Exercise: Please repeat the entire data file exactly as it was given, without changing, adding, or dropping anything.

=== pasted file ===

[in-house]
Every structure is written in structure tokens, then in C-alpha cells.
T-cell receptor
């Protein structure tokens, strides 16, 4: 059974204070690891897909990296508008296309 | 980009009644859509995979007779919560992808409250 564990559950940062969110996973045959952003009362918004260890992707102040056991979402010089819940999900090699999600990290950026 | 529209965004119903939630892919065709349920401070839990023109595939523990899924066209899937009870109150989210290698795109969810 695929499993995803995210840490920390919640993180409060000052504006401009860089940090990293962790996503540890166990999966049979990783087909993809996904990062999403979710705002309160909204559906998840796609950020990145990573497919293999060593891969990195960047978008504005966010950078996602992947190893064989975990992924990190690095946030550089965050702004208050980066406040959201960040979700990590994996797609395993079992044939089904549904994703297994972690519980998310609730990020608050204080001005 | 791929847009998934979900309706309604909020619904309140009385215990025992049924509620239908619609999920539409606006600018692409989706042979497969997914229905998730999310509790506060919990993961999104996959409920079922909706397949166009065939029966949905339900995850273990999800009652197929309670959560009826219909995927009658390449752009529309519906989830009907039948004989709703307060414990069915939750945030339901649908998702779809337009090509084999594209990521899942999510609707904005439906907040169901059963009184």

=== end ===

[in-house]
Every structure is written in structure tokens, then in C-alpha cells.
T-cell receptor
């Protein structure tokens, strides 16, 4: 059974204070690891897909990296508008296309 | 980009009644859509995979007779919560992808409250 564990559950940062969110996973045959952003009362918004260890992707102040056991979402010089819940999900090699999600990290950026 | 529209965004119903939630892919065709349920401070839990023109595939523990899924066209899937009870109150989210290698795109969810 695929499993995803995210840490920390919640993180409060000052504006401009860089940090990293962790996503540890166990999966049979990783087909993809996904990062999403979710705002309160909204559906998840796609950020990145990573497919293999060593891969990195960047978008504005966010950078996602992947190893064989975990992924990190690095946030550089965050702004208050980066406040959201960040979700990590994996797609395993079992044939089904549904994703297994972690519980998310609730990020608050204080001005 | 791929847009998934979900309706309604909020619904309140009385215990025992049924509620239908619609999920539409606006600018692409989706042979497969997914229905998730999310509790506060919990993961999104996959409920079922909706397949166009065939029966949905339900995850273990999800009652197929309670959560009826219909995927009658390449752009529309519906989830009907039948004989709703307060414990069915939750945030339901649908998702779809337009090509084999594209990521899942999510609707904005439906907040169901059963009184």